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Karla Holloway and Blair Kelley discuss the Netflix adaptation of Nella Larsen's 1929 novel, Passing which explores the complicated intersection between race, class and culture through two women's experiences of passing in 1920s New York. Join us for this spirited conversation which will be preceded by a Rofhiwa in-store screening of Passing - the film. Holloway is the author of the novel A Death in Harlem which Kirkus Reviews described as the "the spiritual successor to Nella Larsen's 1929 novel..." Blair Kelley is a historian of the African American experience who is active both in an outside the academy. She was highlighted as one of the "top tweeting historians" by History News Network.  

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Registration and Attendance

We will offer seating for up to 26 in-person guests, with priority access given on a first-come-first-serve basis.  This is a two day event; Film screening December 2nd and discussion December 3rd.

The discussion between Karla Holloway will also be live-streamed on and free with registration - click "Save My Spot" above or visit



About our guests

Karla FC Holloway is James B. Duke Emerita Professor of English, African American Studies and Professor of Law at Duke University. Her classrooms and scholarship focused on literature, law and bioethics. In 2017 she turned her full attention to writing fiction. In 2019 her debut literary fiction, A Death in Harlem, a mystery set during the Harlem Renaissance was published by Triquartely. Gone Missing in Harlem was published in 2021 - her sophomore novel about memory, mothering and resilience, bridging the Harlem Renaissance and the Great Depression. 

Blair LM Kelley is Assistant Dean for Interdisciplinary Studies and International Programs in the College of Humanities and Social Sciences and Associate Professor of History at North Carolina State University. She is the author of the award-winning book, Right to Ride: Streetcar Boycotts and African American Citizenship in the Era of Plessy v. Ferguson. Right to Ride won the prestigious Letitia Woods Brown Best Book Award from the Association of Black Women Historians. Kelley is currently at work on a new book project called Black Folk: The Promise of the Black Working Class under contract at Liveright, an imprint of W.W. Norton and Company.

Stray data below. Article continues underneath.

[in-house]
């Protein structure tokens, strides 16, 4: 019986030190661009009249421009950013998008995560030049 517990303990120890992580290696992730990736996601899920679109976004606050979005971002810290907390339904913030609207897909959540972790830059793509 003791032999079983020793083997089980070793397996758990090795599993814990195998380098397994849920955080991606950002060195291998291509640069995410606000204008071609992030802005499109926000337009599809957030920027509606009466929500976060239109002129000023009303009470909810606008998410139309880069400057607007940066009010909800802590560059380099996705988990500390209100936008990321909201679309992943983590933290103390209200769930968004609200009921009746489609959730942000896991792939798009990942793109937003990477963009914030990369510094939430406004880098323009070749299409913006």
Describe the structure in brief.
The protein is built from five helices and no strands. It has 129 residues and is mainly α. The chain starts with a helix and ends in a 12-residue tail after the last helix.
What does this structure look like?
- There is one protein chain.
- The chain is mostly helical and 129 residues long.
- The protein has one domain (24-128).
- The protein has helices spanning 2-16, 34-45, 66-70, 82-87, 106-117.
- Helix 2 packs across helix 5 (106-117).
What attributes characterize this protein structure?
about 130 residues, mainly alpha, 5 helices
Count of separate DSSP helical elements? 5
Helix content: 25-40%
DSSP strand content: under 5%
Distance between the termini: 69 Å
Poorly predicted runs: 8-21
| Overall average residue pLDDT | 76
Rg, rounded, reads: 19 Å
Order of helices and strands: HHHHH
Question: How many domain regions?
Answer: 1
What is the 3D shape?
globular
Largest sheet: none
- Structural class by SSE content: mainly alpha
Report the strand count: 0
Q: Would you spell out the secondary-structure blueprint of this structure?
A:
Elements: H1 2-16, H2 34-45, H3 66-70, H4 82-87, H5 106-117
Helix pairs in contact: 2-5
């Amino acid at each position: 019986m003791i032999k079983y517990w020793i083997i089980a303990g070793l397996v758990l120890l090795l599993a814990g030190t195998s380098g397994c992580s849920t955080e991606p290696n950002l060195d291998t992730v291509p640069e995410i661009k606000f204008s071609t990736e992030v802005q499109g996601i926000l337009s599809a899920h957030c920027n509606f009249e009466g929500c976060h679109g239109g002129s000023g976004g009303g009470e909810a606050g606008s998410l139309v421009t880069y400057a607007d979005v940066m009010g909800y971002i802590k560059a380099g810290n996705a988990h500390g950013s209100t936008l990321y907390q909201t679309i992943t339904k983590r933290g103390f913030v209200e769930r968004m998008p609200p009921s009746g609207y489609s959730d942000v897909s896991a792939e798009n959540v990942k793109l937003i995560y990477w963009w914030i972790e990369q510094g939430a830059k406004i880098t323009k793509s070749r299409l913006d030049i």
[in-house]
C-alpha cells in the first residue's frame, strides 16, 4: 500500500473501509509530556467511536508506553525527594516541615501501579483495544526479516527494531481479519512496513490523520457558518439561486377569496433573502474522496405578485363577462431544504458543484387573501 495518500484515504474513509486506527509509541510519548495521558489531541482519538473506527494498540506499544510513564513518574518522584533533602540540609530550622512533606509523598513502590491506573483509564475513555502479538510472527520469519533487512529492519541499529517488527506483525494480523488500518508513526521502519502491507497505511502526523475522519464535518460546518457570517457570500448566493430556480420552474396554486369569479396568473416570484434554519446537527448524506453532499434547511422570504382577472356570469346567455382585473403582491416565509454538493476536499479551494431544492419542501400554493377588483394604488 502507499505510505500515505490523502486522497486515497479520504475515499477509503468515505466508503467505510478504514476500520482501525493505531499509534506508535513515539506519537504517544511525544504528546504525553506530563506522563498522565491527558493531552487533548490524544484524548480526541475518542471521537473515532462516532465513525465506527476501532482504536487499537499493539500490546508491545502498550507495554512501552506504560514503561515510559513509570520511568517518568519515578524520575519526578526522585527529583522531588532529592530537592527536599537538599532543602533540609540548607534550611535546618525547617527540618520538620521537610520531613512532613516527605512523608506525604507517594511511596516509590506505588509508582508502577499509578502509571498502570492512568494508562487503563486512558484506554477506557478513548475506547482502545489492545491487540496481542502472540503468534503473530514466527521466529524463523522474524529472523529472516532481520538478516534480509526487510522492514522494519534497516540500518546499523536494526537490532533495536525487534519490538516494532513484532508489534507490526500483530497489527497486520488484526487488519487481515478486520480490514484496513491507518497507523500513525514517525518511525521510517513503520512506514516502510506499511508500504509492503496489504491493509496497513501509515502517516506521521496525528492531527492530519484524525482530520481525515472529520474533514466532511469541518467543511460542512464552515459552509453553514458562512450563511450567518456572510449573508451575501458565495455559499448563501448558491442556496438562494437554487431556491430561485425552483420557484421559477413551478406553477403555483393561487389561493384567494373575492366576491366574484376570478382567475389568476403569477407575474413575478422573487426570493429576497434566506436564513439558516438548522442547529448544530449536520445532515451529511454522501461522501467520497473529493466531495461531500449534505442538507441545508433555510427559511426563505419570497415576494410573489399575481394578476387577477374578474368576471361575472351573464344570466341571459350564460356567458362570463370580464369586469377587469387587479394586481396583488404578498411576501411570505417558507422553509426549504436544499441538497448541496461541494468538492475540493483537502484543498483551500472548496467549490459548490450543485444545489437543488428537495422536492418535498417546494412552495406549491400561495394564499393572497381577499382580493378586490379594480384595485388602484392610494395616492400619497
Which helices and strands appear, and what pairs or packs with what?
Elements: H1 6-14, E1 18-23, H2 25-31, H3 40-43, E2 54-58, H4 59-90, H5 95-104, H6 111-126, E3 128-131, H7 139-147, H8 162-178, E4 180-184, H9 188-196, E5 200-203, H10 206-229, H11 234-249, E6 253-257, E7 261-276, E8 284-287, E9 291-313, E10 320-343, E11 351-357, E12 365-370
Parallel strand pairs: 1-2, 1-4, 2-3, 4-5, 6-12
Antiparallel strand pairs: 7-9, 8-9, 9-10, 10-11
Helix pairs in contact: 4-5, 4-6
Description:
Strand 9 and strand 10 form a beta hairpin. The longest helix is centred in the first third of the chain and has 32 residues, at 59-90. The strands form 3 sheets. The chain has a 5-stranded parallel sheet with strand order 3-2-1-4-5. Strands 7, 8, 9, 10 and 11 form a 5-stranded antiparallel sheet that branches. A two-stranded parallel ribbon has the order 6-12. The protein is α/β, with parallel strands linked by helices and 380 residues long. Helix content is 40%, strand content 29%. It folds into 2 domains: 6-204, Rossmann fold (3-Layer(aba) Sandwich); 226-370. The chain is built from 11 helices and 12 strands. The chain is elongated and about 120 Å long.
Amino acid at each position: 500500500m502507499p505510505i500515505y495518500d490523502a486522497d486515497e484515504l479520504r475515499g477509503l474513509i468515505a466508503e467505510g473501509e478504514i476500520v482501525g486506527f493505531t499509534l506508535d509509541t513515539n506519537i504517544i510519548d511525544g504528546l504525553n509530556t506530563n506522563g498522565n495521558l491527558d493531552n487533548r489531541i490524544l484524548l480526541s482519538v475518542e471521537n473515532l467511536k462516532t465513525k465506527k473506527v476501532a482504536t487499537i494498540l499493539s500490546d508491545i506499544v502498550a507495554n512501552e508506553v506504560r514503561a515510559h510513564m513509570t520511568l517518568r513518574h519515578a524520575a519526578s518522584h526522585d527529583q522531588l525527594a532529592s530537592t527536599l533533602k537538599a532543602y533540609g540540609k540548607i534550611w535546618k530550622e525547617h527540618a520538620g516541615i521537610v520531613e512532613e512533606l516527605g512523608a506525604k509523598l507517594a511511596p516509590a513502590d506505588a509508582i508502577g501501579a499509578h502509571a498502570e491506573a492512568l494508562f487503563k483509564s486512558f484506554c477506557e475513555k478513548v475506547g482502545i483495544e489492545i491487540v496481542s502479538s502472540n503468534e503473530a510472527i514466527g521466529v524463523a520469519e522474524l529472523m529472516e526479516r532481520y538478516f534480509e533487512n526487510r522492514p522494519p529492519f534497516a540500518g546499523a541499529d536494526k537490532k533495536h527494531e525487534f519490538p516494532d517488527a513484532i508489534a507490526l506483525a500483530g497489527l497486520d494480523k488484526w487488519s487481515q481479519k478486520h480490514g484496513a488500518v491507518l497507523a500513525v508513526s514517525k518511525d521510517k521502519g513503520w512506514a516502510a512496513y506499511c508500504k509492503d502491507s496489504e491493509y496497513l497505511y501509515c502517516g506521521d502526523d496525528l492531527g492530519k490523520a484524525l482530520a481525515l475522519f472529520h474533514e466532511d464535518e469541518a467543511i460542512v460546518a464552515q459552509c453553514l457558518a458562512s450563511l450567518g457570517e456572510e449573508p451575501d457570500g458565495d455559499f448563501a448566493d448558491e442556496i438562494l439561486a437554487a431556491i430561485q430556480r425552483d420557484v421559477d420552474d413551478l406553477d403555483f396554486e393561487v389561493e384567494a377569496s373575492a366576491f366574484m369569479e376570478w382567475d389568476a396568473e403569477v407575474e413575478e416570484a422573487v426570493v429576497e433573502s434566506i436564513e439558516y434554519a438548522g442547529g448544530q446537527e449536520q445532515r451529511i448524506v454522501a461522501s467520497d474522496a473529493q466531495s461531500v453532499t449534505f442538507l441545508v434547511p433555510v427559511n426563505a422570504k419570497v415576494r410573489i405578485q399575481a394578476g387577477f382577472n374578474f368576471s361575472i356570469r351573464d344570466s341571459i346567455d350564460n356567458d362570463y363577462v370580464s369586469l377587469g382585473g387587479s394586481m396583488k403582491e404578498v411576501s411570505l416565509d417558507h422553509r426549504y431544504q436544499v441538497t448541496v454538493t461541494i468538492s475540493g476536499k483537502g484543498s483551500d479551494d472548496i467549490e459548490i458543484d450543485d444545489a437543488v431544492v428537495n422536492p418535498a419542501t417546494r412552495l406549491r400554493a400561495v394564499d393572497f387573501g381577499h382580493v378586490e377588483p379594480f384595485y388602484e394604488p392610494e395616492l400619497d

Active inside the academy and out, Kelley has produced and hosted her own podcast and has been a guest on MSNBC’s Melissa Harris Perry Show, NPR’s Here and Now, and WUNC’s The State of Things. She has written for the New York Times, the Washington Post, The Root, The Grio, Ebony, Salon, and Jet Magazine. Highlighted as one of the top-tweeting historians by History News Network, Kelley was among the first generation of historians active on twitter. She has been tweeting as @profblmkelley for more than ten years and she has over 40,000 followers.

Kelley received her B.A. from the University of Virginia in History and African and African American Studies.  She earned her M.A. and Ph.D. in History, and graduate certificates in African and African American Studies and Women’s Studies at Duke University.


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